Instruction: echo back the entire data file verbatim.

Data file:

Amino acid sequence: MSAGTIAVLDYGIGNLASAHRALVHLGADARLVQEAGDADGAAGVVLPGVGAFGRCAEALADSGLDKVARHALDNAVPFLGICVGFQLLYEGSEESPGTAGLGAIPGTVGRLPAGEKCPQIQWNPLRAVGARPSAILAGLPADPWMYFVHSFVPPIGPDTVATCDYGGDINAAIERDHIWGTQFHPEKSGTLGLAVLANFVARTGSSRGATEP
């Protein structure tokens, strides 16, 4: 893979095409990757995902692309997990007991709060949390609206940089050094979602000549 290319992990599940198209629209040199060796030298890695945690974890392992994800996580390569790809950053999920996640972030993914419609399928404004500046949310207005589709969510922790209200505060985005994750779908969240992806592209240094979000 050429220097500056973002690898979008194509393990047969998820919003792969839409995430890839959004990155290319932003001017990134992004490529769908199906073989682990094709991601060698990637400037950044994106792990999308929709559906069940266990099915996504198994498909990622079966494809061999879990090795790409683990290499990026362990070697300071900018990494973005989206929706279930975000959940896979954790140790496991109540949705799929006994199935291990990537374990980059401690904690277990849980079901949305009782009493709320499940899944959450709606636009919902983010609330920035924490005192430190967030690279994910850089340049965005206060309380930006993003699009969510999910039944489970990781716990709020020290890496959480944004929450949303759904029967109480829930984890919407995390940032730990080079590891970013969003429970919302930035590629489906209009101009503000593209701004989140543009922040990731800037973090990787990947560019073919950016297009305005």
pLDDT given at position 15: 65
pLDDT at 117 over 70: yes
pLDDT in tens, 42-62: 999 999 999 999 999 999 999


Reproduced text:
Amino acid sequence: MSAGTIAVLDYGIGNLASAHRALVHLGADARLVQEAGDADGAAGVVLPGVGAFGRCAEALADSGLDKVARHALDNAVPFLGICVGFQLLYEGSEESPGTAGLGAIPGTVGRLPAGEKCPQIQWNPLRAVGARPSAILAGLPADPWMYFVHSFVPPIGPDTVATCDYGGDINAAIERDHIWGTQFHPEKSGTLGLAVLANFVARTGSSRGATEP
């Protein structure tokens, strides 16, 4: 893979095409990757995902692309997990007991709060949390609206940089050094979602000549 290319992990599940198209629209040199060796030298890695945690974890392992994800996580390569790809950053999920996640972030993914419609399928404004500046949310207005589709969510922790209200505060985005994750779908969240992806592209240094979000 050429220097500056973002690898979008194509393990047969998820919003792969839409995430890839959004990155290319932003001017990134992004490529769908199906073989682990094709991601060698990637400037950044994106792990999308929709559906069940266990099915996504198994498909990622079966494809061999879990090795790409683990290499990026362990070697300071900018990494973005989206929706279930975000959940896979954790140790496991109540949705799929006994199935291990990537374990980059401690904690277990849980079901949305009782009493709320499940899944959450709606636009919902983010609330920035924490005192430190967030690279994910850089340049965005206060309380930006993003699009969510999910039944489970990781716990709020020290890496959480944004929450949303759904029967109480829930984890919407995390940032730990080079590891970013969003429970919302930035590629489906209009101009503000593209701004989140543009922040990731800037973090990787990947560019073919950016297009305005």
pLDDT given at position 15: 65
pLDDT at 117 over 70: yes
pLDDT in tens, 42-62: 999 999 999 999 999 999 999